Characterization of normal-appearing white matter in multiple sclerosis using quantitative susceptibility mapping in conjunction with diffusion tensor imaging
Quantitative susceptibility mapping (QSM) is influenced by iron as well as myelin, which makes interpretation of pathologic changes challenging. Concurrent acquisition of MR sequences that are sensitive to axonal/myelin integrity, such as diffusion tensor imaging (DTI), may provide context for interpreting quantitative susceptibility (QS) signal. The purpose of our study was to investigate alterations in normal-appearing white matter (NAWM) in multiple sclerosis (MS) using QSM in conjunction with DTI.
Twenty relapsing–remitting MS patients and 20 age-matched healthy controls (HC) were recruited for this prospective study. QS, radial diffusivity (RD), fractional anisotropy (FA), and R2* maps within the whole brain as well as individual tracts were generated for comparison between NAWM and HC white matter (HCWM).
MS lesions demonstrated significant differences in QS, FA, RD, and R2* compared to HCWM (p < 0.03). These metrics did not show a significant difference between whole-brain NAWM and HCWM. Among NAWM tracts, the cingulate gyri demonstrated significantly decreased QS compared to HCWM (p = 0.004). The forceps major showed significant differences in FA and RD without corresponding changes in QS (p < 0.01).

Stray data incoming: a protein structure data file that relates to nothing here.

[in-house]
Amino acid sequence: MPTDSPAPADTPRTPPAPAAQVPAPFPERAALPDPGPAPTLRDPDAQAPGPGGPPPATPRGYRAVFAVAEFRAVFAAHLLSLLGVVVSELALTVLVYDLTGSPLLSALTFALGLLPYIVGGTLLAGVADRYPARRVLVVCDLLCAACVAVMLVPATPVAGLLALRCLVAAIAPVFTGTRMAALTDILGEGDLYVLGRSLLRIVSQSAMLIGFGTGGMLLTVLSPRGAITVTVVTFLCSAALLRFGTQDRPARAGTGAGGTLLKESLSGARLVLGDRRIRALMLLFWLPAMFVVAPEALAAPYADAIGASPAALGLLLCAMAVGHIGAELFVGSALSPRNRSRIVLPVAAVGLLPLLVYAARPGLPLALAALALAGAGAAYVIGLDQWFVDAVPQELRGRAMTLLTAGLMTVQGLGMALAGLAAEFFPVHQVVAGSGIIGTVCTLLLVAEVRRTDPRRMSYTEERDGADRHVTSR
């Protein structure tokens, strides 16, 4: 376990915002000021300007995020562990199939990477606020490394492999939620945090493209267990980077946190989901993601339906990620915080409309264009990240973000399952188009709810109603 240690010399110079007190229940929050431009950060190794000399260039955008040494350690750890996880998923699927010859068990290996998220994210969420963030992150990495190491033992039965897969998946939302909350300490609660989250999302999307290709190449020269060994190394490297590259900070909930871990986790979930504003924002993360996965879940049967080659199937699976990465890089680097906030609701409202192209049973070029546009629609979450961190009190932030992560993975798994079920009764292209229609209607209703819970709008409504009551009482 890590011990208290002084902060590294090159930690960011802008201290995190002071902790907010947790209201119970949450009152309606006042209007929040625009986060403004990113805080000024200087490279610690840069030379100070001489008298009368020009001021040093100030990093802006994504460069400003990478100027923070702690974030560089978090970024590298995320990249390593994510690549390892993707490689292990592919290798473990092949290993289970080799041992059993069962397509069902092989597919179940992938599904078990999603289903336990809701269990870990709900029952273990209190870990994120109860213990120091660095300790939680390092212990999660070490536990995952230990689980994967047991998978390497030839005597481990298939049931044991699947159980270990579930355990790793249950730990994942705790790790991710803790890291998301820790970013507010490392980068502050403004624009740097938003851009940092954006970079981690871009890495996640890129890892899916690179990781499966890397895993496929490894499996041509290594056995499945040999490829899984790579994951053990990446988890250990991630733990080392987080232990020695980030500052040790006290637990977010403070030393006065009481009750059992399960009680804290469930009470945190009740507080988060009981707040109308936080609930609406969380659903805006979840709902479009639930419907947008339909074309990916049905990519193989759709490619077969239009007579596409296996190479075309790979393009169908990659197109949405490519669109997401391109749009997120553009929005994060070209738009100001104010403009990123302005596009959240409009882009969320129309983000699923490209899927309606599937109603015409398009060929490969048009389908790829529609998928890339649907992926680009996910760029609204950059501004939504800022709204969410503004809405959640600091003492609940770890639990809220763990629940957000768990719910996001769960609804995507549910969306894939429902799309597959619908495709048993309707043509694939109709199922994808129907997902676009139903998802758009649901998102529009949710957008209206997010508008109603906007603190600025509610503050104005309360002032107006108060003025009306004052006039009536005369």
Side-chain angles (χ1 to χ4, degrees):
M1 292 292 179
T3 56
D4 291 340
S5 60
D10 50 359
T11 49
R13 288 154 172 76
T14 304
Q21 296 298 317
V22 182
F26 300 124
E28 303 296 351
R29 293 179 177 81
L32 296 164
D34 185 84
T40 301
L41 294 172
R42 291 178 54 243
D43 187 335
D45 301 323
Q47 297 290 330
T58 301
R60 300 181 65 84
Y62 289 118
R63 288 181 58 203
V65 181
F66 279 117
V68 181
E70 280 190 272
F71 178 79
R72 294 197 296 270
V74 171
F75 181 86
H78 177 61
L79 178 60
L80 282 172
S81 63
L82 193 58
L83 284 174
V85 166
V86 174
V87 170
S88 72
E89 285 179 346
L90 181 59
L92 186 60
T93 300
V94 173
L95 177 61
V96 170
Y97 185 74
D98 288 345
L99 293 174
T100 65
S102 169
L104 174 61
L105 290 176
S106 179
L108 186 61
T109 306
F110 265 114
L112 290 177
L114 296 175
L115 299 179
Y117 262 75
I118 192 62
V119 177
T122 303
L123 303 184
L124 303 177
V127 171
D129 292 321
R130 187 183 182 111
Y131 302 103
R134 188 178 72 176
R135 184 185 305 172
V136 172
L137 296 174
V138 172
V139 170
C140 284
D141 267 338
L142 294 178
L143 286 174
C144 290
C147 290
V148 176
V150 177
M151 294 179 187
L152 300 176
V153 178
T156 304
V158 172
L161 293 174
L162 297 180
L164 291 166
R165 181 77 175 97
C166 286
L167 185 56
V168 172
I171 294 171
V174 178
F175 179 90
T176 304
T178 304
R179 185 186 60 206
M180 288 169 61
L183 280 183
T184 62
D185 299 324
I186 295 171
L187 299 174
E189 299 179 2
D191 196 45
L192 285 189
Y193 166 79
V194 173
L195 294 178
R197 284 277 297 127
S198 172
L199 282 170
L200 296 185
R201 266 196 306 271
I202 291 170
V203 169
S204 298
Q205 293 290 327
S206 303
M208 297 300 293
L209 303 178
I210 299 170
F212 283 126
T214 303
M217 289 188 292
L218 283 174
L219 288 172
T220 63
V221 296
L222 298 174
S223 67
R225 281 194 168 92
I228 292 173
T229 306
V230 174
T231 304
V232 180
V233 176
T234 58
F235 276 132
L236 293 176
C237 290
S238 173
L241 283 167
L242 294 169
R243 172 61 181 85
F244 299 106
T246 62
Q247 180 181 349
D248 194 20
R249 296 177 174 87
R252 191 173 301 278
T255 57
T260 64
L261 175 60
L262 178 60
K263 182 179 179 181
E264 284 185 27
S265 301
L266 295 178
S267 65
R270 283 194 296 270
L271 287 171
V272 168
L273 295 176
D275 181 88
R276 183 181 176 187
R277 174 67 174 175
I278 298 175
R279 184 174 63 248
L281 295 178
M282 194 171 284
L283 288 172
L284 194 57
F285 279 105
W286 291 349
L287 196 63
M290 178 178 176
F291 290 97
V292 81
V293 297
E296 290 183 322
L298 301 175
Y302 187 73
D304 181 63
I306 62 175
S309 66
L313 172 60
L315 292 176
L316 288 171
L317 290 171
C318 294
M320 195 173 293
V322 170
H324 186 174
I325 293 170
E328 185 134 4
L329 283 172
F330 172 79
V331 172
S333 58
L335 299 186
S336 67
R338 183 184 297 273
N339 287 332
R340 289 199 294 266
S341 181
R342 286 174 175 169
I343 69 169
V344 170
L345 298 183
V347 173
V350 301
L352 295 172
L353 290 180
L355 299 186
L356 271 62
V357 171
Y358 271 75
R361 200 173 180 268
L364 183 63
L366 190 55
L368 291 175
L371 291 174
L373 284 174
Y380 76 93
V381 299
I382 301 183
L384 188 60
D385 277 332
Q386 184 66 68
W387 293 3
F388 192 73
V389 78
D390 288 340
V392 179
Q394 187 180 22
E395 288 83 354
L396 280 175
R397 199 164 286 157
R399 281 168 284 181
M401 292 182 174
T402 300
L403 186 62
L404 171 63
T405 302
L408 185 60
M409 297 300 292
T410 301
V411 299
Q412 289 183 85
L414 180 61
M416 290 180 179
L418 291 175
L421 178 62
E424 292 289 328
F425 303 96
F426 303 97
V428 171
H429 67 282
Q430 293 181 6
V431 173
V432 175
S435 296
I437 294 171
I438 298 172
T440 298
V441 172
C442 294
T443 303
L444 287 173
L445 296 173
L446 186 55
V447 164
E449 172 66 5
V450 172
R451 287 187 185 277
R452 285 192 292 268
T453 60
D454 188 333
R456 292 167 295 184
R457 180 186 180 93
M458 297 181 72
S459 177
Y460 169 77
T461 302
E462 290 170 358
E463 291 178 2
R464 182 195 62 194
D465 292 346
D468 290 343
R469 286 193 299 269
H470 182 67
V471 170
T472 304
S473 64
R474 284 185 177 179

We found discordant changes in QSM and DTI metrics within the cingulate gyri and forceps major. This may potentially reflect the influence of paramagnetic substrates such as iron, which could be decreased along these NAWM tracts. Our results point to the potential role of QSM as a unique biomarker, although additional validation studies are needed.
KeywordsQuantitative susceptibility mapping Multiple sclerosis Diffusion tensor imaging Normal-appearing white matter
The authors would like to acknowledge Dr. Wei Li for his invaluable help with the MRI protocol and data processing. The authors would also like to acknowledge Mr. Gilbert Gortez for his help with data collection.
Compliance with ethical standards
This work was funded, in part, by grants from the Conrad N. Hilton Foundation 17330 and the Radiological Society of North America Research Resident Grants RR1427 and RR1577.
Conflict of interest
The authors declare that they have no conflict of interest.
All procedures performed in the studies involving human participants were in accordance with the ethical standards of the institutional and/or national research committee and with the 1964 Helsinki Declaration and its later amendments or comparable ethical standards.
Informed consent was obtained from all individual participants included in the study.
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